Rev. Sarah Buteux

January 7, 2018
“The Baptism of Jesus”
Epiphany 1, Year B
Mark 1:4-11. Acts 19:1-7

How many of you woke up January 1st resolved to in some way be better, slimmer, smarter, healthier, calmer, or just eat more kale? And how many of are still going strong? Excellent.

Researchers tell us that for the first 7 days of the new year people are pretty good about keeping their New Year’s Resolutions. I fear I must warn you though that tomorrow, well, tomorrow is not looking good.

According to David DeSteno, professor of psychology at Northeastern University, “By Jan. 8, some 25 percent of resolutions (will) have fallen by the wayside. And by the time the year ends, fewer than 10 percent (will be) fully kept.”

Which is shockingly low when you think about the billions and billions of dollars perfectly rational people like you and me will spend this year on self-improvement.

Given the amount of money and energy we will lay out on everything from under-armour to coaching to adult coloring books (which are not as sexy as they sound), you would think Americans would be the healthiest, wealthiest, most content people to have ever walked the planet and only getting better by the day.

But this just in: we are not – not by a long shot – in large part because when we seek out happiness, when we strive for contentment, when we determine that this will be the year we finally get in shape, out of debt, up our game, or calm the heck down, we tend to start with the negative.

We make resolutions out of shame, guilt, fear, or frustration. We make resolutions to escape who we have become. I mean how many of us have woken up on January 1st and resolved to stop drinking so much because of the stupid awful thing we said last night,
or stop eating ice cream because we hate our thighs,
or start yoga because we’re sick of feeling so stressed out,
or not buy anything new for the next 6 months -except new Lululemon tights for yoga – because we’re ashamed of our credit card bill?

Asking for a friend.

We step on the scale, balance the check book, look in the mirror, or gaze into the future and find ourselves wanting. And from that place of not enough, from that place of all that is wrong with us, from that place of what we hate about ourselves, we determine to pull ourselves up by our own bootstraps only to end up tripping all over them by day 8.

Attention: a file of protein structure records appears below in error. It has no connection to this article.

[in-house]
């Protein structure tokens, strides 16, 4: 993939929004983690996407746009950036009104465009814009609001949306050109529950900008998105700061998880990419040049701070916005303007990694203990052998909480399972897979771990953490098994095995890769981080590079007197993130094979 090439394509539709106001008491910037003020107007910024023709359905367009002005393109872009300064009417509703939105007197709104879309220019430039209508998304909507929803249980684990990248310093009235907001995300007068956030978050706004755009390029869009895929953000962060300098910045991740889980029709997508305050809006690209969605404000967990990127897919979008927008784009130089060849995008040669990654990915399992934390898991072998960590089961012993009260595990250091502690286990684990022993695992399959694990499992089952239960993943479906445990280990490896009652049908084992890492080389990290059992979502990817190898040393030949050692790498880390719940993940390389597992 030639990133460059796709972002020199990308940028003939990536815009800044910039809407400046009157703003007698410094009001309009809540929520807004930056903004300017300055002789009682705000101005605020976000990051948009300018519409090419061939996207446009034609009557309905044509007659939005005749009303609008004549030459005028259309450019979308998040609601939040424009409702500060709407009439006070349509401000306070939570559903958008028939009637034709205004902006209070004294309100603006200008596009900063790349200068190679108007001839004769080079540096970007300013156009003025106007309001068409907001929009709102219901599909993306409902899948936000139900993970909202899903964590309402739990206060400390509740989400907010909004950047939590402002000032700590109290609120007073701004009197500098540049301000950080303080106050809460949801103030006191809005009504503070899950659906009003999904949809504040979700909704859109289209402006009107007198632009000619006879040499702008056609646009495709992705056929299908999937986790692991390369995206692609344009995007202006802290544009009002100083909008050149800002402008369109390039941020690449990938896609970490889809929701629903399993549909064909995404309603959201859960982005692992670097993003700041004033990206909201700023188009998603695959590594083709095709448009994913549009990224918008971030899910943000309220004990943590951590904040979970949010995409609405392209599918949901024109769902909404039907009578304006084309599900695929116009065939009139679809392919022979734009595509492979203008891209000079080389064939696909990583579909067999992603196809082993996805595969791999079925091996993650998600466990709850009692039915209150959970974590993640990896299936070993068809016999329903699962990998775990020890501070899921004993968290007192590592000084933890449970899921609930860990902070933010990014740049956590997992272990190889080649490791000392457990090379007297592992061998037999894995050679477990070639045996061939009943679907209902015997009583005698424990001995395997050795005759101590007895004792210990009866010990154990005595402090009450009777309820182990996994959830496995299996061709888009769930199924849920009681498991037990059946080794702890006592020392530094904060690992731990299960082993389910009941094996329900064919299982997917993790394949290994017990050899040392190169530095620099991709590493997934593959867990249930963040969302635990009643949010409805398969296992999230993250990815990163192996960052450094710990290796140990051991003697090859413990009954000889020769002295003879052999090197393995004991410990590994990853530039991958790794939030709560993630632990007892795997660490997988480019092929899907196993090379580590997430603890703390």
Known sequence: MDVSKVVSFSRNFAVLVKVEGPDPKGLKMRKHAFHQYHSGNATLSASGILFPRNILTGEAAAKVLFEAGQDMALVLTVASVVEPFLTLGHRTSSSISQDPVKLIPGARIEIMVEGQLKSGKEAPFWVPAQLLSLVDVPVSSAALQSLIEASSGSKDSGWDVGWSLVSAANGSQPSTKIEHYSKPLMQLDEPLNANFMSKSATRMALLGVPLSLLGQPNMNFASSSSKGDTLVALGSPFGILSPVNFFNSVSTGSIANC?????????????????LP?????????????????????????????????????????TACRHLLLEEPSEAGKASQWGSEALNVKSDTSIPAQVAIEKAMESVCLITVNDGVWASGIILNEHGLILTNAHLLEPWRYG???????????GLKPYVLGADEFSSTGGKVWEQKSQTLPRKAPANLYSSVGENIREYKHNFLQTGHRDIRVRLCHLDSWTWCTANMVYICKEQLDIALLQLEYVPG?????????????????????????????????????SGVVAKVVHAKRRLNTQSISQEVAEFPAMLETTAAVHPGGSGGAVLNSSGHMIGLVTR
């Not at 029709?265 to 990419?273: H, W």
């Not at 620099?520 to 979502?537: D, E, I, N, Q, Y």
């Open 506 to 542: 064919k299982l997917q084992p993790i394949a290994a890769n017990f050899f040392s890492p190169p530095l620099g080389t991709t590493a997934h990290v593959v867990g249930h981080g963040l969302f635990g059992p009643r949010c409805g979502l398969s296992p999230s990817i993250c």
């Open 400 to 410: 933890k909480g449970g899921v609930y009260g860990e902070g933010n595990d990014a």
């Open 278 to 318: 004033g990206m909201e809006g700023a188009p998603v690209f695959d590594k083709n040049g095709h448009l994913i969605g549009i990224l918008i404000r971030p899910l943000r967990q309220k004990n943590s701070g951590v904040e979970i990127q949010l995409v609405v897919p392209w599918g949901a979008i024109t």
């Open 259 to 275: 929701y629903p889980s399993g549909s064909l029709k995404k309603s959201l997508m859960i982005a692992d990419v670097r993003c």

According to DeSteno, “we too often think about self-improvement and the pursuit of our goals in bracing, self-flagellating terms: I will do better, I will muscle through, I will wake up earlier.” I got myself into this mess and if I can just muster enough willpower I will get myself out. Sound familiar? “But it doesn’t need to be that way,” he says, “and it shouldn’t.”

It turns out that shame and self loathing are lousy motivators, sheer will power can only take you so far, and going it alone rarely gets you anywhere at all.
What researchers like DeSteno are coming to understand is that the key to truly changing our behaviors is to make changes from a place of love and gratitude for who we already are, to live into those changes with self-compassion -meaning that if you messed up today it’s ok, you can try again tomorrow -, and to put the change into practice in community with one another.

The truth is that you’re much more likely to keep getting up early to exercise if there’s a friend out there waiting for you or save for retirement if you can stay focused on a future full of grandkids coming to visit you.

If you pass on a second glass of wine or decline that impulse purchase, not because you’ll hate yourself in the morning but out of respect for yourself, you’re much more likely to keep making healthy choices.

If you can forgive yourself for falling off the wagon, you’re much more likely to climb back on. And I can tell you from personal experience that kale tastes better when you eat it out of love for your body rather than as some form of penance. I’m not saying it tastes good. But it does taste better.

Resolutions made from a place of love and gratitude for ourselves, resolutions practiced with grace for ourselves in community with one another, are the resolutions that have the power to change us. But here’s the really interesting thing, the truth that will hopefully turn my words from an op-ed into a sermon. I think the same goes for religion.

I think any faith born out of shame, guilt, fear, or frustration will most likely only lead to more of the same. But a faith born our of love and gratitude for ourselves, practiced with grace for ourselves in community with one another really can change us.

Such a faith could change the world, but unfortunately, at least within Christianity, there’s been a breakdown in communication leaving lots of people with an incomplete version of the gospel. We see this clearly in our scripture reading from Acts, but honestly I think we also see it all around us even now.

In this odd little story, Paul runs into 12 disciples of John the Baptist, 12 disciples who had confessed their sins and been baptized by John in the river Jordan in anticipation of a messiah who was to come, but never got the memo that Jesus did finally arrive.

These guys are all cleaned up and ready to go. They have done the work and now they’re just waiting. Because as far as they know, that’s how the whole salvation thing works. You do your part for God and then God will show up and do God’s part for you. You repent and then God will forgive you. You believe and then God will come save you. You get your sinful, guilt ridden, sorry excuse for a life right before God and then God will be alright with you.